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... to ask you for your non-cliche presents for the (very) elderly

(141 Posts)
rightsaidfrederickII Fri 24-Nov-17 21:02:56

Let's be honest. They've had a lot of Christmases and they've been considered old for about the last 15/20 of them, and all the classic old person presents have been done to death so many times they never want to see a set of smellies or pot plant again.

The following are officially off the list:
Calendars
Nice toiletries
Flowers
Chocolates / other sweet things
Long books (the concentration isn't there anyway)
Tech which contains more than 3 buttons (more trouble than it's worth to teach them how to use it and have them forget by Boxing Day, and again the day after that)
Shite made by the kids
Pot plants
Alcohol (half a glass and someone will fall over and break their hip)
Jigsaws and other puzzles
Hat / glove / scarf sets

What has everyone else come up with? Previous successes of mine for someone nearer 100 than 90 but still independent include
- 'One cup' kettle that dispenses a cup of hot water at time and means she doesn't have to lift the kettle any more www.argos.co.uk/product/1219292 (11 months on and she's still saying how good it is!!)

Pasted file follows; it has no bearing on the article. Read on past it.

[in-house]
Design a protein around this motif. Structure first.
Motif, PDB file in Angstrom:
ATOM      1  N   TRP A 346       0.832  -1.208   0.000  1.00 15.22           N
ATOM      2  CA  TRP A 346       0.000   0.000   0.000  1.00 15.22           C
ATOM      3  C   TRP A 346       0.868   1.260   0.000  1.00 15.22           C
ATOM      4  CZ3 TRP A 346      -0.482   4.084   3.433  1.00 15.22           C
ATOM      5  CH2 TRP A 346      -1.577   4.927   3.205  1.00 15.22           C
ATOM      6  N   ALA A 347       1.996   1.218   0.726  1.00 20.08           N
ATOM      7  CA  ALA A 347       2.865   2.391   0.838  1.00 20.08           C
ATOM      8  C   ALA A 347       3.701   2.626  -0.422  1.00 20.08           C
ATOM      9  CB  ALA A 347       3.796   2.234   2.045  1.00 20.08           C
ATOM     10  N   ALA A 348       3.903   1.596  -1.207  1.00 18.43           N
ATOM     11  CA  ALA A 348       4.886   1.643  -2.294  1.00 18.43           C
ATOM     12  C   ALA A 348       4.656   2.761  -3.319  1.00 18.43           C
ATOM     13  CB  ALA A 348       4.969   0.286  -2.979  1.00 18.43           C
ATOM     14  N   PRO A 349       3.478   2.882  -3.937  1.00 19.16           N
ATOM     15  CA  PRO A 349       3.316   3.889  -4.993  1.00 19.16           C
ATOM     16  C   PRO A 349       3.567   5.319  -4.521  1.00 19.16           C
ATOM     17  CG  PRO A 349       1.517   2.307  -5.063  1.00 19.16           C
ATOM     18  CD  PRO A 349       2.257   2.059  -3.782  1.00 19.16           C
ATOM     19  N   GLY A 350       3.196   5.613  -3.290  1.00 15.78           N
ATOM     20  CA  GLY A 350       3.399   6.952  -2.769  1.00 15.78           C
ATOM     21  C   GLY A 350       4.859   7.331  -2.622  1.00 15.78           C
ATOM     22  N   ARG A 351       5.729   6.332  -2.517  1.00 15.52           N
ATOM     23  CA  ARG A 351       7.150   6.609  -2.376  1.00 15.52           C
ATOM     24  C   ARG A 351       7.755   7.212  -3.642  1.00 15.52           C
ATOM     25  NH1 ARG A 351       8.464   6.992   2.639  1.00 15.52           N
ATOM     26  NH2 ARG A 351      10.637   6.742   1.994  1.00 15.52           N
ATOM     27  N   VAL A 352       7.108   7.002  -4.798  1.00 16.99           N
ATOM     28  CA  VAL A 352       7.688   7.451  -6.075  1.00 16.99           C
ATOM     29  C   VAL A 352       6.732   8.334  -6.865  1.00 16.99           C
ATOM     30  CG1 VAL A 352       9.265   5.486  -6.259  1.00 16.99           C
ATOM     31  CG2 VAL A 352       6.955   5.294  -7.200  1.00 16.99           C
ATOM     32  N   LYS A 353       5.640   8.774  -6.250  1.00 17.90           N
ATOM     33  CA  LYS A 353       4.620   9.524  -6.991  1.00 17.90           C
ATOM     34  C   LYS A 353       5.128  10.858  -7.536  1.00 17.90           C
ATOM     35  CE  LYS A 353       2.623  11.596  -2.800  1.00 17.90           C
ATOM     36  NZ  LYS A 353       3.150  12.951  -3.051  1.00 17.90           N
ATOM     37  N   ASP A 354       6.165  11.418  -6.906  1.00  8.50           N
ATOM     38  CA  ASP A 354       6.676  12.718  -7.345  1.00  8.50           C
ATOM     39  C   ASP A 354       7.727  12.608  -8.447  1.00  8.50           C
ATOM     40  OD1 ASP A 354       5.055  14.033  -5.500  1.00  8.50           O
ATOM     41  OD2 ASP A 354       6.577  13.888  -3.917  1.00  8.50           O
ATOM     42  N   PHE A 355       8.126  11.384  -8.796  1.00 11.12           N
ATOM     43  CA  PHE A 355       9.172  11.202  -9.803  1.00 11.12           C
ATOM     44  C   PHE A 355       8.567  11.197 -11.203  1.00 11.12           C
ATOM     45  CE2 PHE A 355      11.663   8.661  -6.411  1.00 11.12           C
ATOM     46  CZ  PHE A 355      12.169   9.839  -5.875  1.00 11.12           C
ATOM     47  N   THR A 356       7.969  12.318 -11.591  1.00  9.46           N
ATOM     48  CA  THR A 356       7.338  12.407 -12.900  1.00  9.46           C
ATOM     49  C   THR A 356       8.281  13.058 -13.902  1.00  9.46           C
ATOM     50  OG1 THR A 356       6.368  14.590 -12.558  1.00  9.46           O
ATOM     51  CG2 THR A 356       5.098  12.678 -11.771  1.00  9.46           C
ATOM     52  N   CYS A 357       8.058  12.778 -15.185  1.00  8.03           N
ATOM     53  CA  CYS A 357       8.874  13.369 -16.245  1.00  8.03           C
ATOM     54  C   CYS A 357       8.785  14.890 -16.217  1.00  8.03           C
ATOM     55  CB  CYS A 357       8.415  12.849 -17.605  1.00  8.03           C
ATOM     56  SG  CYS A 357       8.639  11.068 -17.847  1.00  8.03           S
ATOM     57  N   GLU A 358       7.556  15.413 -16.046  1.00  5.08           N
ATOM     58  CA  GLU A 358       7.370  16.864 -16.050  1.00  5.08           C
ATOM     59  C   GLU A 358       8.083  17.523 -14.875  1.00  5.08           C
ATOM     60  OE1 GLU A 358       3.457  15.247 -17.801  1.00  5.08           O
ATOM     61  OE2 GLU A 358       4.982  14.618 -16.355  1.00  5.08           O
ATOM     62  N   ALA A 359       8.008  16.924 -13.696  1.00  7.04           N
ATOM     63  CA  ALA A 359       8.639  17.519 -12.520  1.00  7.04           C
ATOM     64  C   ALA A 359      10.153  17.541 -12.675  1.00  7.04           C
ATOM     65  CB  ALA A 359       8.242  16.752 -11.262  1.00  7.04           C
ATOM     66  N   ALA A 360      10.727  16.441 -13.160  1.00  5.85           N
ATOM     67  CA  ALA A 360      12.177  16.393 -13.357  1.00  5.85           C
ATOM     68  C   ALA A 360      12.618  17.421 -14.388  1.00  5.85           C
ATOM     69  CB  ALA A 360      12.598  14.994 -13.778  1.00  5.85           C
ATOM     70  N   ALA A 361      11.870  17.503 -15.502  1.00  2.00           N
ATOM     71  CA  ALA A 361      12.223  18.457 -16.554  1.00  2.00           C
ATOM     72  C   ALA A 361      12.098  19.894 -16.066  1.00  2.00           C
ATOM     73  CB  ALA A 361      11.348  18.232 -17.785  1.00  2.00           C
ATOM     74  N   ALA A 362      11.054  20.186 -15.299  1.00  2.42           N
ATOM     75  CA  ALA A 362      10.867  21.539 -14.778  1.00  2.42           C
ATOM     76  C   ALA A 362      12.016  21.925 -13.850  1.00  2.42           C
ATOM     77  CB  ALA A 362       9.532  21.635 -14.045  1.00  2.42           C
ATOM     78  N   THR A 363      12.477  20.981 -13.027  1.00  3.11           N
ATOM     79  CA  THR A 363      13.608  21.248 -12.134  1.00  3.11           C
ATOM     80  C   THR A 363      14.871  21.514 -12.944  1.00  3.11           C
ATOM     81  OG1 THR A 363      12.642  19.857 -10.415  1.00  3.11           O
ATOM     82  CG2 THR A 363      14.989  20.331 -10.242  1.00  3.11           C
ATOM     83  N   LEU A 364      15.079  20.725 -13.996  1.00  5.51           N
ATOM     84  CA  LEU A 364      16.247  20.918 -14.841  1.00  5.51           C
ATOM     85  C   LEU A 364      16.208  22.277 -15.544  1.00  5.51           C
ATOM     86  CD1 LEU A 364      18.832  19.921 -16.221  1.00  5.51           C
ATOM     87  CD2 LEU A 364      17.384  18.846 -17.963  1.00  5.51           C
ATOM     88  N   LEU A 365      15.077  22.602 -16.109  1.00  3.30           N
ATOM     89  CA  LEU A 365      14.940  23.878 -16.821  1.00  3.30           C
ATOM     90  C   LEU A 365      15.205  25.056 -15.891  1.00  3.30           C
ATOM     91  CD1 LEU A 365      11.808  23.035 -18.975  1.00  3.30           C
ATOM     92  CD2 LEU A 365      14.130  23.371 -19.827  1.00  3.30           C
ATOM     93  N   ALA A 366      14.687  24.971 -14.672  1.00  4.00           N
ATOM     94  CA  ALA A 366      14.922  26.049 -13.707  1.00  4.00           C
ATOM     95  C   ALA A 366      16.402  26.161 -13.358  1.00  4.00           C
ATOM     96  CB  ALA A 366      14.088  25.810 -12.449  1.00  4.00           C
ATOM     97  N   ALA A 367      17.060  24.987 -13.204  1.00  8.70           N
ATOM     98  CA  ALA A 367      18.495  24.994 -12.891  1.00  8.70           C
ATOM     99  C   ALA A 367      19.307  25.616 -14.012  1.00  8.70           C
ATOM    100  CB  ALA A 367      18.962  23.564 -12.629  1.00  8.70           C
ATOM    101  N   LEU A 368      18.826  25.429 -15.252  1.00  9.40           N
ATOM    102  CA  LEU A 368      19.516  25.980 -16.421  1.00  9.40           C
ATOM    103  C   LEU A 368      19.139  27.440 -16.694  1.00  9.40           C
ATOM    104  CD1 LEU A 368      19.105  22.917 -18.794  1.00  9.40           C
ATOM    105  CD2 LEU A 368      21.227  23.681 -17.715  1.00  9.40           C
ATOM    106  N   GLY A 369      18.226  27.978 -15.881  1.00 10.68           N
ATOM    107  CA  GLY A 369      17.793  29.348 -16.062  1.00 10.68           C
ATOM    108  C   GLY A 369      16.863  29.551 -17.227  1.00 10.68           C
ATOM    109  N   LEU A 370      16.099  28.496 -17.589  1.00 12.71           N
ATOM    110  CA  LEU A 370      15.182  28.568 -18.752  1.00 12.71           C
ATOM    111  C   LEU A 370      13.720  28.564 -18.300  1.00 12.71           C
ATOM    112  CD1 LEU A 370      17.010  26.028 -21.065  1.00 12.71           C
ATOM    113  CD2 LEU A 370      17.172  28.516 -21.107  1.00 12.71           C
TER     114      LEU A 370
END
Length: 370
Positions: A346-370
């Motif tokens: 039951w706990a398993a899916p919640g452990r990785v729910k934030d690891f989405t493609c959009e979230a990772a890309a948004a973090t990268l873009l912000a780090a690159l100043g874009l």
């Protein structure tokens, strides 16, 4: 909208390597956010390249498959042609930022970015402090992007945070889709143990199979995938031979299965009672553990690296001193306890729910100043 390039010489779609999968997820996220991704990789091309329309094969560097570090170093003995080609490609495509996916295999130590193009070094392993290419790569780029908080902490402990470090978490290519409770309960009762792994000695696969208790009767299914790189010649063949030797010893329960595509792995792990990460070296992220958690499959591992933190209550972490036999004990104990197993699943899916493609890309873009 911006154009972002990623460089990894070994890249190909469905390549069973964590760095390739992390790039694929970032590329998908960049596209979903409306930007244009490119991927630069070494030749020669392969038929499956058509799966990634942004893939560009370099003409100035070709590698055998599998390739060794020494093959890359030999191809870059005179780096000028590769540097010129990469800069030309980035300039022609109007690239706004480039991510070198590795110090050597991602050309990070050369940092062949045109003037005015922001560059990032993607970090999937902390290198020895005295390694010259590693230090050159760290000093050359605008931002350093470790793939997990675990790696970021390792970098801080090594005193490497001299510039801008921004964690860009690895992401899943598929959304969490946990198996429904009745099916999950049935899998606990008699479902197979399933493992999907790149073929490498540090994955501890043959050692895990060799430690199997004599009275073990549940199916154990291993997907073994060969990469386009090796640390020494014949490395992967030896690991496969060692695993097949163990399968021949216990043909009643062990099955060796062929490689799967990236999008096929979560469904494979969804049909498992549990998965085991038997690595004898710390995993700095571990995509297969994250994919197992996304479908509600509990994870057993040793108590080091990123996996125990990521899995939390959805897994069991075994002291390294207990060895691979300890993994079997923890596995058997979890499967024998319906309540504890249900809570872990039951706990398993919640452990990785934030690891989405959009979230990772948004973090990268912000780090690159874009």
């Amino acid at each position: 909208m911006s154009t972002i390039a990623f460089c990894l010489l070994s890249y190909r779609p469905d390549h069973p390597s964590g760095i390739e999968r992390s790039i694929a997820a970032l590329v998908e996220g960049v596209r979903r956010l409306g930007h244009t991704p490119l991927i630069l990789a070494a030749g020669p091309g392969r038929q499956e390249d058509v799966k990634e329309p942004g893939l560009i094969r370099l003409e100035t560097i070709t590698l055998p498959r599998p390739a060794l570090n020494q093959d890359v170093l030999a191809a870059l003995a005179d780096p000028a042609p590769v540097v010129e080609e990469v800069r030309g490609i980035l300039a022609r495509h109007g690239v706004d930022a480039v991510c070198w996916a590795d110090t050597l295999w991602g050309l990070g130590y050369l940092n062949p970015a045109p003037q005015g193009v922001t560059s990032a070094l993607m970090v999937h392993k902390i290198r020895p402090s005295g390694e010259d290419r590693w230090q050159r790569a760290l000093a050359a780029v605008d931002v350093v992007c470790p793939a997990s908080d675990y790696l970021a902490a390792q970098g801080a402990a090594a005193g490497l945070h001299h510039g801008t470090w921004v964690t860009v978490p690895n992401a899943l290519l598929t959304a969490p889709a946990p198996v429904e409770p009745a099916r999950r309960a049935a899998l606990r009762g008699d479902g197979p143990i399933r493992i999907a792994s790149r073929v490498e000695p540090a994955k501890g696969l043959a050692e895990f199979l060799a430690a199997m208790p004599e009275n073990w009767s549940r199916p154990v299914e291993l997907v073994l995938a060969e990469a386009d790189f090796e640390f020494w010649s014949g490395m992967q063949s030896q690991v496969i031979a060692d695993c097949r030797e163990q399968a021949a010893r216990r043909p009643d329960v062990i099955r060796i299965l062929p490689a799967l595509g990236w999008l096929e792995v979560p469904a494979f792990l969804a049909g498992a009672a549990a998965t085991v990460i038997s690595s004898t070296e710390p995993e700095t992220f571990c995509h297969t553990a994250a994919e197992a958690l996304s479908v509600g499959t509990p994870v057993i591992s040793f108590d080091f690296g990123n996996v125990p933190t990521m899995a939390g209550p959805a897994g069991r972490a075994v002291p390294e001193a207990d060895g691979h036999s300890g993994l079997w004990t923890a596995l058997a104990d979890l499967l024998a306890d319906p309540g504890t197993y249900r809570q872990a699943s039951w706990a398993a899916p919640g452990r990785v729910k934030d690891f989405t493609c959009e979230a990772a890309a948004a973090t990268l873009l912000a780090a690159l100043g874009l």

- Coffee table books of her favourite animal species and - for the people watcher in her - Humans of New York Stories www.amazon.co.uk/Humans-New-York-Brandon-Stanton/dp/1447295552?tag=mumsnetforum-21
- A 'meet the animals' experience at the local zoo where she got to go into the enclosure and feed them (wheelchair friendly, hurrah!)

Anyone else had any inspired ideas?

ButterflyForest Fri 24-Nov-17 21:04:19

Jigsaw, favourite chocolates, scarf, jumper, jewellerysmile

SausagePerfume Fri 24-Nov-17 21:05:00

I bought a gift voucher for her local theatre for my grandma last year. We ended up going together and she loved it.

She's also enjoyed vouchers for massages/facials etc.

confusedlittleone Fri 24-Nov-17 21:05:29

My go to is blanket with arms 😂

TheNoseyProject Fri 24-Nov-17 21:05:47

A selection box of dried fruit. I know it’s a bit odd but it went down so well as it was a treat in her childhood.

ButterflyForest Fri 24-Nov-17 21:06:11

Sorry, wrote some of your no-go list.

Another idea: duvet cover and cushions for bedroom/lounge- something that the recipient might not buy often.

RedBlackberries Fri 24-Nov-17 21:06:20

Audible books.

ChoccyJules Fri 24-Nov-17 21:06:21

One of those 'Britain from above' photo books.

MyBrilliantDisguise Fri 24-Nov-17 21:06:23

A voucher for lunch out?

A home made cake?

MyBrilliantDisguise Fri 24-Nov-17 21:07:46

I've just had a box of Medjoul dates from Asda - they are absolutely gorgeous.

I found with my mum and dad that they liked nice food - although they didn't eat as much as before, whatever they did eat they liked it to be really nice.

Pattyandbump Fri 24-Nov-17 21:07:52

ButterflyForest did you read the OP?

DVD boxsets have gone down well in the past, as has a DAB radio.

sandgrown Fri 24-Nov-17 21:08:12